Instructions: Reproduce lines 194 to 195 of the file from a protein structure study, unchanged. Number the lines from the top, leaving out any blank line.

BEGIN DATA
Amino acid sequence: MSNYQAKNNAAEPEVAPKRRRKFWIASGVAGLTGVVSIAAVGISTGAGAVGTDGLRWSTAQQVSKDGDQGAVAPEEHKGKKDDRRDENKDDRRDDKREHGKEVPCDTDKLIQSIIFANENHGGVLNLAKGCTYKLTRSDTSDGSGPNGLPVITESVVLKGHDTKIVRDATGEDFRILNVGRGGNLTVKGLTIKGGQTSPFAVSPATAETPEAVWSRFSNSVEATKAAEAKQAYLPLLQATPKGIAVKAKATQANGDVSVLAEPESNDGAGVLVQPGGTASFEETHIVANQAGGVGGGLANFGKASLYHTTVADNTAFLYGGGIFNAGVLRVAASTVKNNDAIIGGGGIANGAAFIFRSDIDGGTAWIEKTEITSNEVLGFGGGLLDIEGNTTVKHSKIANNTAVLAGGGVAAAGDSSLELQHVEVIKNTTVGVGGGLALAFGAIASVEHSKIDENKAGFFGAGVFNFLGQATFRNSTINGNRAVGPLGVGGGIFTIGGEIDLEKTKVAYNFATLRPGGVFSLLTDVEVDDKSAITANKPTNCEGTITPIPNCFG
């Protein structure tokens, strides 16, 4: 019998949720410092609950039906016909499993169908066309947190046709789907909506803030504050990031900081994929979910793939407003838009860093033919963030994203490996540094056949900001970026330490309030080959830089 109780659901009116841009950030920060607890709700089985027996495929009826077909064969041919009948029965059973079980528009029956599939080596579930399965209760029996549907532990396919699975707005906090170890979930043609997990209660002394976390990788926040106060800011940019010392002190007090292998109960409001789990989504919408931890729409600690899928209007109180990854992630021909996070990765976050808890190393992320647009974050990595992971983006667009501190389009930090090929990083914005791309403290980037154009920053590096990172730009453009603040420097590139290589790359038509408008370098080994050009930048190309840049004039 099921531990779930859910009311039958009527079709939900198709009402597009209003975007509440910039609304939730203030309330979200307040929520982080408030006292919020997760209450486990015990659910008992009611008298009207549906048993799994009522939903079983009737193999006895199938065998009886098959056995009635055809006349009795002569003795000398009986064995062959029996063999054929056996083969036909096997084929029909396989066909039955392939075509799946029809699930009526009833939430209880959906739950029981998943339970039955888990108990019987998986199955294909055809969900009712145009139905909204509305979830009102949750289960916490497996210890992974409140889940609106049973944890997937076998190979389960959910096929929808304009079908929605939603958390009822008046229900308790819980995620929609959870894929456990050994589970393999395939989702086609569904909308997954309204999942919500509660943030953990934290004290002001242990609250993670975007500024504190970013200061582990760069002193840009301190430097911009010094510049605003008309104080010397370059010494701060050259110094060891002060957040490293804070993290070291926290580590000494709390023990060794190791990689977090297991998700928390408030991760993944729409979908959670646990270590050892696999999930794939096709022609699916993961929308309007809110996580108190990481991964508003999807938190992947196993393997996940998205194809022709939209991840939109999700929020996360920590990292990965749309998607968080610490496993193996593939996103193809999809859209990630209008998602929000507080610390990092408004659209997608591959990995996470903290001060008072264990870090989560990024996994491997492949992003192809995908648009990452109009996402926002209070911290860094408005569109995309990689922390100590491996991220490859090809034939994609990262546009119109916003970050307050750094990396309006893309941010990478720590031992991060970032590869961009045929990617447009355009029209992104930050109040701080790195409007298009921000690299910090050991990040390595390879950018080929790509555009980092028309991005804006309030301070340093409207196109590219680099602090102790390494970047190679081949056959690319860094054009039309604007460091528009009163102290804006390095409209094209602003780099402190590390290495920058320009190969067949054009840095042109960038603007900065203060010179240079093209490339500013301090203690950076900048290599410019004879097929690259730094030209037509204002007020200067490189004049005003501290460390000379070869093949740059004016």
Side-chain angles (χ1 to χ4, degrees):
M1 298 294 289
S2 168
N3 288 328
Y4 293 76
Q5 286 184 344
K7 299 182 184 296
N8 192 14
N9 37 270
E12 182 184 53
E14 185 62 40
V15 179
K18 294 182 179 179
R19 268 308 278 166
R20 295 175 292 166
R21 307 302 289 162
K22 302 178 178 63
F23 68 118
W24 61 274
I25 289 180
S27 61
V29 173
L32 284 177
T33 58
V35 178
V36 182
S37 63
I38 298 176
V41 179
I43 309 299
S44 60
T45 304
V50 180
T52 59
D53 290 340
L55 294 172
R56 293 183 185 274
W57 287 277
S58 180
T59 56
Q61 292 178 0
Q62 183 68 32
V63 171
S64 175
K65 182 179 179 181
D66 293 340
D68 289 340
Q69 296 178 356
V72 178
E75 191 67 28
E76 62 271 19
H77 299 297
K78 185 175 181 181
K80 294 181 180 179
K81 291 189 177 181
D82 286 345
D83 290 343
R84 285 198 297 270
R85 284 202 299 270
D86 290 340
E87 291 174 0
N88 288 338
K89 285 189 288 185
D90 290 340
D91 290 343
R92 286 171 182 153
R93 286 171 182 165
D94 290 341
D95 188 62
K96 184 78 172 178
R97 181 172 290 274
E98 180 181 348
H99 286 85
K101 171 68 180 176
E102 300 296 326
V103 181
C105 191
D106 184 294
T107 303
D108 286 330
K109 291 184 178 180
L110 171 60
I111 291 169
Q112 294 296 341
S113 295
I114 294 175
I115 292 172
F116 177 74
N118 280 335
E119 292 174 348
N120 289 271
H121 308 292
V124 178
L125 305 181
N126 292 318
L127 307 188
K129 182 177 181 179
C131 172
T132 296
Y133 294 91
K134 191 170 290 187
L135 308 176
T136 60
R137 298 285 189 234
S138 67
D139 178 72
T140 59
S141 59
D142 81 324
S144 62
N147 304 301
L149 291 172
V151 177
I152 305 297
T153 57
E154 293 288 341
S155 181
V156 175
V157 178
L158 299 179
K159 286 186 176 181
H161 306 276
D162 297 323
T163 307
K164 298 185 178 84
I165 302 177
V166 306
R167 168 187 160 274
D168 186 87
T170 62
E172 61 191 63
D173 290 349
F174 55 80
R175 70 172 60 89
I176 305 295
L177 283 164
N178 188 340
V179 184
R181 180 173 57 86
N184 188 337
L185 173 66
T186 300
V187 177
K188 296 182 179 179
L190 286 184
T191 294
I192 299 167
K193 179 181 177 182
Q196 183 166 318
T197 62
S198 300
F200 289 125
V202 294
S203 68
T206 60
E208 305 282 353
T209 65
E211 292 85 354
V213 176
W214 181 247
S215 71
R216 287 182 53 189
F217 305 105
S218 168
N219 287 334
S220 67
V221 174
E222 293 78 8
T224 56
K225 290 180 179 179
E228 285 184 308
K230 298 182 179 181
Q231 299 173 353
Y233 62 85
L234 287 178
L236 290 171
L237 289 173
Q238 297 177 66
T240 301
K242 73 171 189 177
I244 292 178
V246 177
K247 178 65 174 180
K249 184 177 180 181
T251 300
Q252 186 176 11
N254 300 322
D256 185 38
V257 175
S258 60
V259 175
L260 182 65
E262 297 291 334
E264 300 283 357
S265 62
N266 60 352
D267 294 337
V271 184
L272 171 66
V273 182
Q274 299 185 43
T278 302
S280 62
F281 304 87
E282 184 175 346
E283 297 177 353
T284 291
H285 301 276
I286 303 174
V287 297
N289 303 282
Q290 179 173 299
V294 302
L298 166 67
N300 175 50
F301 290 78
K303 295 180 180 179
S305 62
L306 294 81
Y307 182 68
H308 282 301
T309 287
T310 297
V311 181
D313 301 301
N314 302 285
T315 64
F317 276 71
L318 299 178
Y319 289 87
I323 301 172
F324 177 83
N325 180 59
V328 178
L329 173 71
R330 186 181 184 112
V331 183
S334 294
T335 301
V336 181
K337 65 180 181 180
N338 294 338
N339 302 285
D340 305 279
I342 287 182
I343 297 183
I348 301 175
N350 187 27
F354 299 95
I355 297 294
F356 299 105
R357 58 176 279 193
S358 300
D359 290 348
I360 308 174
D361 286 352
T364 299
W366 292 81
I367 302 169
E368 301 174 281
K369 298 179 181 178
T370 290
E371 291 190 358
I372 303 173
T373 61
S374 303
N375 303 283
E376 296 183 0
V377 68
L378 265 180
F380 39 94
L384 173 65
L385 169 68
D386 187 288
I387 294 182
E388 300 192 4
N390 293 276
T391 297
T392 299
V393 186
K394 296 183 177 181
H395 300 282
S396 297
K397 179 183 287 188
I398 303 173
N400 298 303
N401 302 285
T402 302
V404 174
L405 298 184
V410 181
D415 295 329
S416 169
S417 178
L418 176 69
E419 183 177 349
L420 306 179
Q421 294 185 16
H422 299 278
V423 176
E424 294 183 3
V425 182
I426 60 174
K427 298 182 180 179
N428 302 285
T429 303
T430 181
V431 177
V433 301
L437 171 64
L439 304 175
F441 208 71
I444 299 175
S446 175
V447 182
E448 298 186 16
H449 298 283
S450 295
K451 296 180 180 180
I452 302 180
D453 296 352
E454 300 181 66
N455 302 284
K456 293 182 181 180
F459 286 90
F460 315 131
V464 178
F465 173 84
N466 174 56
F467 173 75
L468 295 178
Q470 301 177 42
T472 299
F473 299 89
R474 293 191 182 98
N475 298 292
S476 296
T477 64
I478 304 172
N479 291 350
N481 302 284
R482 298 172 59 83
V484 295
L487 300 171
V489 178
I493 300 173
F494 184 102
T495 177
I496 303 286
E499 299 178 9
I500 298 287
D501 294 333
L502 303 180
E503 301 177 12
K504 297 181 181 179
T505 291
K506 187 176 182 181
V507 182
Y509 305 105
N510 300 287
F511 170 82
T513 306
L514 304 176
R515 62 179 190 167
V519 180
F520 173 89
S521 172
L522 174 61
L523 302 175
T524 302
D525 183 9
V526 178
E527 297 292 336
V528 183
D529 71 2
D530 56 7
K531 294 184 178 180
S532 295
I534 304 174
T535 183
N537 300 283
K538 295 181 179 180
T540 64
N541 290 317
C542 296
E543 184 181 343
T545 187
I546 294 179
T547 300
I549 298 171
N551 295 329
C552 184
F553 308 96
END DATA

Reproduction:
L260 182 65
E262 297 291 334